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6. The interview

A. Confirming the interview

Once you have received a reply letter inviting you for an interview you should confirm the interview date. Use the telephone to your advantage to also obtain the actual interviewers name. Don't be disappointed if you can't as this may not be always possible with large companies.

Be positive on the phone! Try to transmit confidence.
Before the phone call stand up and look at yourself in the mirror and smile - it can make a difference.

Start with "good morning" or "good afternoon" then your name. Always be courteous to the secretary that answers your call - It does count!

When speaking to the interviewer start with, "I received your letter with regard to the job interview on the (date) and I would like to confirm that I can attend". Discussion can occur but then conclude by thanking the organiser of the interview and that you look forward to meeting them on the interview date.

B. Preparing for the Interview

Know the Company

  • Obtain company literature, brochures company reports
  • Read articles around the company's market - what is happening, latest news
  • Identify company market position and competitors

The above will give you grounding for conversation in the interview.

Understand what is required

View the job in terms of requirements for:

  • Experience
  • Qualifications
  • Skills

Review the advertisement, which should once again highlight the job requirements.

Check your skills against the job requirements to identify your essential selling points.

Prepare for possible questions

At the interview it is likely that several predictable questions will be raised. Identify these and have answers prepared. Try to put yourself in the employer's position and make a list of questions you would ask.

It is important to rehearse your answers. However, do not repeat them in paraphrase fashion in the interview, as this will be obvious and unimpressive to the interviewer. Apply each answer to the question and the context it is asked. Remember that there is no single right answer.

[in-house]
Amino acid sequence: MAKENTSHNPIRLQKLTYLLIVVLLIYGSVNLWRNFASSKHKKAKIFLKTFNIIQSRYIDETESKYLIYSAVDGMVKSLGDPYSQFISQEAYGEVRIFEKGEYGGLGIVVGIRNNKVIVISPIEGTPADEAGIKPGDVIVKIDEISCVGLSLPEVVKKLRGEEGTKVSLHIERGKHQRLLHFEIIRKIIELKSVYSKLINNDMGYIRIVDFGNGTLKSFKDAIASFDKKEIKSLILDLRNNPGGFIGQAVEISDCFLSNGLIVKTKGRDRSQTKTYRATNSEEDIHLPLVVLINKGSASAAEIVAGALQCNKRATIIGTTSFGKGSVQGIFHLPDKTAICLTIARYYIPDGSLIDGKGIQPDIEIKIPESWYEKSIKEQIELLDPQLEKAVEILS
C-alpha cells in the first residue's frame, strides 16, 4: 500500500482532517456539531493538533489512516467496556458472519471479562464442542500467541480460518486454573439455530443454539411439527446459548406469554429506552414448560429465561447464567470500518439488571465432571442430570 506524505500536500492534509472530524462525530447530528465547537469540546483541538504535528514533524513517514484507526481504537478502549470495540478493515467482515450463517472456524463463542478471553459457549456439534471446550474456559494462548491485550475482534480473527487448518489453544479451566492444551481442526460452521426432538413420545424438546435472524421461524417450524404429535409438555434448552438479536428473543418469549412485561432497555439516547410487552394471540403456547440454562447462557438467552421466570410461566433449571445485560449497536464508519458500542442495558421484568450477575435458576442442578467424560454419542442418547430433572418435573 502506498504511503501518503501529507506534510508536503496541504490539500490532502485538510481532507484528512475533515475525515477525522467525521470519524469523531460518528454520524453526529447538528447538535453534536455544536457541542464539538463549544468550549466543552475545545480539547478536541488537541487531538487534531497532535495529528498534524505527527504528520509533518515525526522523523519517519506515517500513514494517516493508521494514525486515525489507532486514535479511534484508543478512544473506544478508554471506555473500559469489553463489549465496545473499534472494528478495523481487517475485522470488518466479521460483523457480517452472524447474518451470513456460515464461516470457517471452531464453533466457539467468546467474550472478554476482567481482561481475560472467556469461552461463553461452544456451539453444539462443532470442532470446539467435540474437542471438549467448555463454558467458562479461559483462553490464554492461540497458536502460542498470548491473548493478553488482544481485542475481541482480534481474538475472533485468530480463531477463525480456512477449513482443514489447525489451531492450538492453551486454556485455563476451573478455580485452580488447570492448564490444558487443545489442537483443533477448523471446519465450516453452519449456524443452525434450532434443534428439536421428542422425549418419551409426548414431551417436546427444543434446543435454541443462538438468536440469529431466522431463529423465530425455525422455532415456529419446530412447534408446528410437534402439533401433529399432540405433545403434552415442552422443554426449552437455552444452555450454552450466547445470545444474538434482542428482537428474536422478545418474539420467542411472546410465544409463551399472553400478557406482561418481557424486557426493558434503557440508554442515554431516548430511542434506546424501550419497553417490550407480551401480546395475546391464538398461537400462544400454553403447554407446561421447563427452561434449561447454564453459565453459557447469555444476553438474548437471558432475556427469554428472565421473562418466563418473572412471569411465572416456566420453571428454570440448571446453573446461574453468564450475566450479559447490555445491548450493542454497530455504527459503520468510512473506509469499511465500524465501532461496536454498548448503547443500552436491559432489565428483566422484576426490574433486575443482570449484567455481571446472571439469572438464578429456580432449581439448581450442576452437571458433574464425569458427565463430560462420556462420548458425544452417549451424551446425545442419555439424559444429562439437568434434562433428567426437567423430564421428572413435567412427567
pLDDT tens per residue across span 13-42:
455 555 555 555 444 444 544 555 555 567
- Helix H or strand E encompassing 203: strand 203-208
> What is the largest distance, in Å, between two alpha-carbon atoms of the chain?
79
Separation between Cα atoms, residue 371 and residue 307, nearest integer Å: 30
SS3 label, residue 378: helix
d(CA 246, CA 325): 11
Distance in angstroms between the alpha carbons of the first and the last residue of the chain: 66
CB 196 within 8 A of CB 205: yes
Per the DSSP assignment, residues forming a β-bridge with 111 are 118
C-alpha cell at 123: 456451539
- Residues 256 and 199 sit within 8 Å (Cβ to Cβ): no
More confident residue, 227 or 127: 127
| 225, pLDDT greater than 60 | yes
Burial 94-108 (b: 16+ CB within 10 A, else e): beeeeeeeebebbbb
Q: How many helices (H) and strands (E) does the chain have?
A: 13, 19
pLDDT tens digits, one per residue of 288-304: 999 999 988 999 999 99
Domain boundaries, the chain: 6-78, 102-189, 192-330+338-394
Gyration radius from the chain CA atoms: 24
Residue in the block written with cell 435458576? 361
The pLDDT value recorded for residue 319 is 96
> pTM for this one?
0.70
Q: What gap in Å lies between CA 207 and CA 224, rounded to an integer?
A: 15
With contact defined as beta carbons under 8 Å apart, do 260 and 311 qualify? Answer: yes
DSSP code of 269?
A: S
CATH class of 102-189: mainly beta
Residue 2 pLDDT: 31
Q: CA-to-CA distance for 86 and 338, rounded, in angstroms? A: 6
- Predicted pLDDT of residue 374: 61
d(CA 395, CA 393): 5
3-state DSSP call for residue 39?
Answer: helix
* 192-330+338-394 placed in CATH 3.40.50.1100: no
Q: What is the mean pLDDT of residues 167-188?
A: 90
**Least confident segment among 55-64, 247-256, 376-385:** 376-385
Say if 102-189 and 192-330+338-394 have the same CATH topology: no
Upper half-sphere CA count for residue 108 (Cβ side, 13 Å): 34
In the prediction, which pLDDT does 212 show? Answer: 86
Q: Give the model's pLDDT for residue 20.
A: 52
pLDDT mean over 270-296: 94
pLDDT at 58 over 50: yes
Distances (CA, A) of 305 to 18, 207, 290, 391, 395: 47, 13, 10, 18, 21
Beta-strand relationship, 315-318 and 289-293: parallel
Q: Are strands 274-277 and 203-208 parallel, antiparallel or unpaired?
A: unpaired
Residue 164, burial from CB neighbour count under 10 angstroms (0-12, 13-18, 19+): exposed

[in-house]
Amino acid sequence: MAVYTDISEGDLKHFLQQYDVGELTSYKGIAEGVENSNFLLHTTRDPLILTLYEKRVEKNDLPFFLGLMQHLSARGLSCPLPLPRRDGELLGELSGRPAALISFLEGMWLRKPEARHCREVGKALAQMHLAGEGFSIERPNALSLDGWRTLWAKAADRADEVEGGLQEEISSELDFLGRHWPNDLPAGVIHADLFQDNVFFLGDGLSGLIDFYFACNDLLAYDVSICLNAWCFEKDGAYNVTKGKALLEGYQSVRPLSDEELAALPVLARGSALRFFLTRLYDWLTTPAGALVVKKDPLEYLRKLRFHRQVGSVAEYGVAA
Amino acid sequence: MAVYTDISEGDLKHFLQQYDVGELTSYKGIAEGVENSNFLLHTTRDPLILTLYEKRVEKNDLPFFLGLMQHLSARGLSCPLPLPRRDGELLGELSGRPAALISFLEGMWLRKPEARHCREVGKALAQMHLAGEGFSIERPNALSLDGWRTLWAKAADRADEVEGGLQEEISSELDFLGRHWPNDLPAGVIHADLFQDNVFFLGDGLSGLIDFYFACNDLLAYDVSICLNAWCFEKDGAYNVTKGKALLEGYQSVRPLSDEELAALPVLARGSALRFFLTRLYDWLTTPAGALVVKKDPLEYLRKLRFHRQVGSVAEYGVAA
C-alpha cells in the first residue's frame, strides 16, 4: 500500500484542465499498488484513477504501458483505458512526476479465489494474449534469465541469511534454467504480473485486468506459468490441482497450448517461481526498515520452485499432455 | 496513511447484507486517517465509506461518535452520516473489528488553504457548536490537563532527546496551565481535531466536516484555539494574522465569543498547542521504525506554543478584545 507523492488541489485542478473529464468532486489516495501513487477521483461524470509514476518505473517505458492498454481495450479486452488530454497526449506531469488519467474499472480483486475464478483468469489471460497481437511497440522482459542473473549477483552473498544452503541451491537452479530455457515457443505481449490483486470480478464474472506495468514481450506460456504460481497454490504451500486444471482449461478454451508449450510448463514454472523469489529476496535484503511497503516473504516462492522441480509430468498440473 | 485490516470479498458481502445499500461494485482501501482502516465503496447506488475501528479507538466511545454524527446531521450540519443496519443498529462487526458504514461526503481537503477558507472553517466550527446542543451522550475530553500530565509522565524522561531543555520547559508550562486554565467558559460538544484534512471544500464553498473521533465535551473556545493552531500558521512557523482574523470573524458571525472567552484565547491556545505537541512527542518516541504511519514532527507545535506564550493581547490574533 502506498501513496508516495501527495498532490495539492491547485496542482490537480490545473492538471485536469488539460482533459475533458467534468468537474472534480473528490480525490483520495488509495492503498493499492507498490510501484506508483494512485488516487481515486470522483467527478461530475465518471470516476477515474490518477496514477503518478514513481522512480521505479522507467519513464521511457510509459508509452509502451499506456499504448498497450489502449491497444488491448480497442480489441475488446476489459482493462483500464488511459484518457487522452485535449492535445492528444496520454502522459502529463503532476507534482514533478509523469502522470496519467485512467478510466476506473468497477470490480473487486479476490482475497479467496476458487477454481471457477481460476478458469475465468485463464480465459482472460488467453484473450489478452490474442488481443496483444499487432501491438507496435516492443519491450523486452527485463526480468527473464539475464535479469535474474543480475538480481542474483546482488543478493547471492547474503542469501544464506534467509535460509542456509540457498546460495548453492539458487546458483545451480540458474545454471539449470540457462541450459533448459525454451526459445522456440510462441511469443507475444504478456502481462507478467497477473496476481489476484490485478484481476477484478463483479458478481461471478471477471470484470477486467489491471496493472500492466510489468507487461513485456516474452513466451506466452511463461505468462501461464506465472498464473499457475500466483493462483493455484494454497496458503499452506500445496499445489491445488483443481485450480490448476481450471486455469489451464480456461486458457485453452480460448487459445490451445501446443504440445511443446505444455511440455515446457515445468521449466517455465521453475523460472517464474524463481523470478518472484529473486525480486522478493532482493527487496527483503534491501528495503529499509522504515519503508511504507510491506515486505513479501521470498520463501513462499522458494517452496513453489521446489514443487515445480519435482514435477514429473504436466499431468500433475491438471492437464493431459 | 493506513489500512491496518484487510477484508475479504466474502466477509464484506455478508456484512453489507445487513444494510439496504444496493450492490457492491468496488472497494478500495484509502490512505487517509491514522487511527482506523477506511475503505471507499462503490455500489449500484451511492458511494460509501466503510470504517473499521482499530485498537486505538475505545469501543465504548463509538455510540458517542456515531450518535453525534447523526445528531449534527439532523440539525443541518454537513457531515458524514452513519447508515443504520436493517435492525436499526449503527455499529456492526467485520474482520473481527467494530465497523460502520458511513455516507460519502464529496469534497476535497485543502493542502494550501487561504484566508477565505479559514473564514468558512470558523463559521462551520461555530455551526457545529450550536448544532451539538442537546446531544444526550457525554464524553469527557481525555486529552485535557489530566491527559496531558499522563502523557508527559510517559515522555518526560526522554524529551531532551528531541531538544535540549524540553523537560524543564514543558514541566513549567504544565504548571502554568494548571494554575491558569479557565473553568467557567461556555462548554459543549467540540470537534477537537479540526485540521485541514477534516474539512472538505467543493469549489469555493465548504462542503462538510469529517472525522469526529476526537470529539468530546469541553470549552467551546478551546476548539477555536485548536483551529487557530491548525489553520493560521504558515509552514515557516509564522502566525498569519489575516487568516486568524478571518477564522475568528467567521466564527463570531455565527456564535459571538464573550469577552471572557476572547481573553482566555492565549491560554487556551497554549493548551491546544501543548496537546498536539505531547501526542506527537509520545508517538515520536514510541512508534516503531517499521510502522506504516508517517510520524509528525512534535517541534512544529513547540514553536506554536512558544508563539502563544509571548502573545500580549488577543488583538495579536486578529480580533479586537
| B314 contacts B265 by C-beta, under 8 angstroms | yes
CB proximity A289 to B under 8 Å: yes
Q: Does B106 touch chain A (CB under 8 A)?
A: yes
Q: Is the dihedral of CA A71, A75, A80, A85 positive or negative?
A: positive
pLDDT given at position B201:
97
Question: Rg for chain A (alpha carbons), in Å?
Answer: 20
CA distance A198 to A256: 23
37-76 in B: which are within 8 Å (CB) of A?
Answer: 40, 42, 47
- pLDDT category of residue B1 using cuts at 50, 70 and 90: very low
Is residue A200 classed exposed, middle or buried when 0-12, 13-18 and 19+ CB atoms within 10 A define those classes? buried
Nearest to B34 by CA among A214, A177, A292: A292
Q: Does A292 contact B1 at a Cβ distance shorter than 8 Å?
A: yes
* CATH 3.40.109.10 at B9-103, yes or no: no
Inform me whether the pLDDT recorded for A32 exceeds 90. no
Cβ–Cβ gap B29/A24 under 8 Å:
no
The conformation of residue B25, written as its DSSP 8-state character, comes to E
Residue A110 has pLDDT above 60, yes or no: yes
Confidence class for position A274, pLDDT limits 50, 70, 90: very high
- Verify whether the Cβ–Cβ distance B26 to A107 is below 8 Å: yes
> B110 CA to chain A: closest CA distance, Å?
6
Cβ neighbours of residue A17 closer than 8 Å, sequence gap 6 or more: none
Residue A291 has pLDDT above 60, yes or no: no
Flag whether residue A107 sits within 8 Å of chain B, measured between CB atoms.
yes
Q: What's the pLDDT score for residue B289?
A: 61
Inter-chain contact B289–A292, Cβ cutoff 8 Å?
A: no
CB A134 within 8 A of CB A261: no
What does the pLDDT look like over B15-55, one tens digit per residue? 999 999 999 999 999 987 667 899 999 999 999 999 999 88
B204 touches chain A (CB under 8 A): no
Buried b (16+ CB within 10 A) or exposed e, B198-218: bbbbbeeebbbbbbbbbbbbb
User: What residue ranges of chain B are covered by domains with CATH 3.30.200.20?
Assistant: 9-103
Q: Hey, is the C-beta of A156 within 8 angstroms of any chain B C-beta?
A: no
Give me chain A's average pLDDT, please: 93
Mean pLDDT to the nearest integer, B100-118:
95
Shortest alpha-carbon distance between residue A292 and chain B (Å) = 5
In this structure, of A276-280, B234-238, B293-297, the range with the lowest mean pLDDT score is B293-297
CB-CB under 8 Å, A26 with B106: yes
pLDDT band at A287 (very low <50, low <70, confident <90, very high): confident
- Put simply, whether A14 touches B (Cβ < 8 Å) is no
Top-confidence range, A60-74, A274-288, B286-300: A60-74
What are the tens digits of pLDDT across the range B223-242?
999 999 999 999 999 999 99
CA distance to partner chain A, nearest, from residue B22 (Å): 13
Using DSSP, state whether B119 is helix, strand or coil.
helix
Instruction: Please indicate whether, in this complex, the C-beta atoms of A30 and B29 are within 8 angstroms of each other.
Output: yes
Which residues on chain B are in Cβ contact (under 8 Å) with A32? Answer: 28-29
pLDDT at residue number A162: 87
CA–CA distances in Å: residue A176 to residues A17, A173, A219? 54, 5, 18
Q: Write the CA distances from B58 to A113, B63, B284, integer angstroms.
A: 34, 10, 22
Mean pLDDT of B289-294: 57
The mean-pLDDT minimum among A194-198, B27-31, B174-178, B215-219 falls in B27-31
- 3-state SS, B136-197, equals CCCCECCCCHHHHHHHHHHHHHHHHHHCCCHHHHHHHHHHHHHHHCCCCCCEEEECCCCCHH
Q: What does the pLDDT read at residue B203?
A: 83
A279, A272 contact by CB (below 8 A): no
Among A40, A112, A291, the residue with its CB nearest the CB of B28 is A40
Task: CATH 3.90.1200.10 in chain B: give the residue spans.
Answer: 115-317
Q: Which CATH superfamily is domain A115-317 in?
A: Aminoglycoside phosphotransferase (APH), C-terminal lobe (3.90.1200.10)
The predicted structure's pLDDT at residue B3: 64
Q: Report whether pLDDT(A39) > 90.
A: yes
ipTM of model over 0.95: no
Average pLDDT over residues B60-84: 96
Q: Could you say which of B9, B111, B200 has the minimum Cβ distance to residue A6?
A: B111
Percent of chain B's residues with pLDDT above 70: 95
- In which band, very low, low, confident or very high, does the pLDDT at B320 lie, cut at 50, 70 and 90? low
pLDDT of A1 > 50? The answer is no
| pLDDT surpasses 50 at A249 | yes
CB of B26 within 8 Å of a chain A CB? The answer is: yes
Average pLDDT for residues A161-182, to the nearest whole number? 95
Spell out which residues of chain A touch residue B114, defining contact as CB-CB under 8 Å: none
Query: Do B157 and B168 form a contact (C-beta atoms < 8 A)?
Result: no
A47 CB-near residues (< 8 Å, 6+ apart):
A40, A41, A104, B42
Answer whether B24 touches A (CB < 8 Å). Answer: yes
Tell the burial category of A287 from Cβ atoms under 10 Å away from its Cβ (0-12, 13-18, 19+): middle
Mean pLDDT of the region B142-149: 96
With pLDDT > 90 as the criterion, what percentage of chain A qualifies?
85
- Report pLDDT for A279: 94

Some possible questions follow:

  1. What attracted you to this job?
  2. What are your strong points?
  3. What are your weak points?
  4. Give me a reason why I should employ you?
  5. Can you work under pressure?
  6. Tell me about yourself
  7. Describe a difficult problem you had to deal with?
  8. What have you done that shows initiative?
  9. How long do you think it will take you to make a contribution to this company?
  10. What did you particularly like, and dislike about your previous job?
  11. What was your salary level in your last job and what do you expect from this job?
  12. Tell me about your biggest accomplishments
  13. Why should I employ you and not one of the other candidates?
  14. What do you see yourself doing in 5 years time?
  15. Are there any people that you do not get on with?
  16. How have you coped with this kind of person in the past?
  17. What are your career objectives?
  18. Why have you stayed in the same company for so long?
  19. Why do you want to join this organisation?
  20. Why are you redundant? Why were you chosen?
  21. What were the main problem areas of your last job?
  22. Why did you leave your last job?
  23. What were your main responsibilities?
  24. If you were to get this job what would be your first action upon starting?

Prepare your questions for the interviewer

It is usual for the interviewer to ask you if you have any questions.

In general, keep your questions brief and to the point, avoiding complicated questions that can lead to discussion.

Here is a list of potential questions to ask:

  1. What are the main responsibilities of the job?
  2. What are the particular problem areas of the job you expect to be resolved?
  3. Why is the position open?
  4. How is job performance evaluated?
  5. What is the company policy on promotion?
  6. What type training is provisioned on joined and for my future development?
  7. Has the company made up plans for expansion and how would the department and I fit in with these?
  8. To whom will I be responsible?
  9. How many staff will I be responsible for?
  10. What opportunities exist to participate in management decision making?
  11. Can you show me around the department that I will be working in?

If you are informed that you will have to set some tests, they will most likely be psychometric tests. You can find out more about psychometric tests in the next section.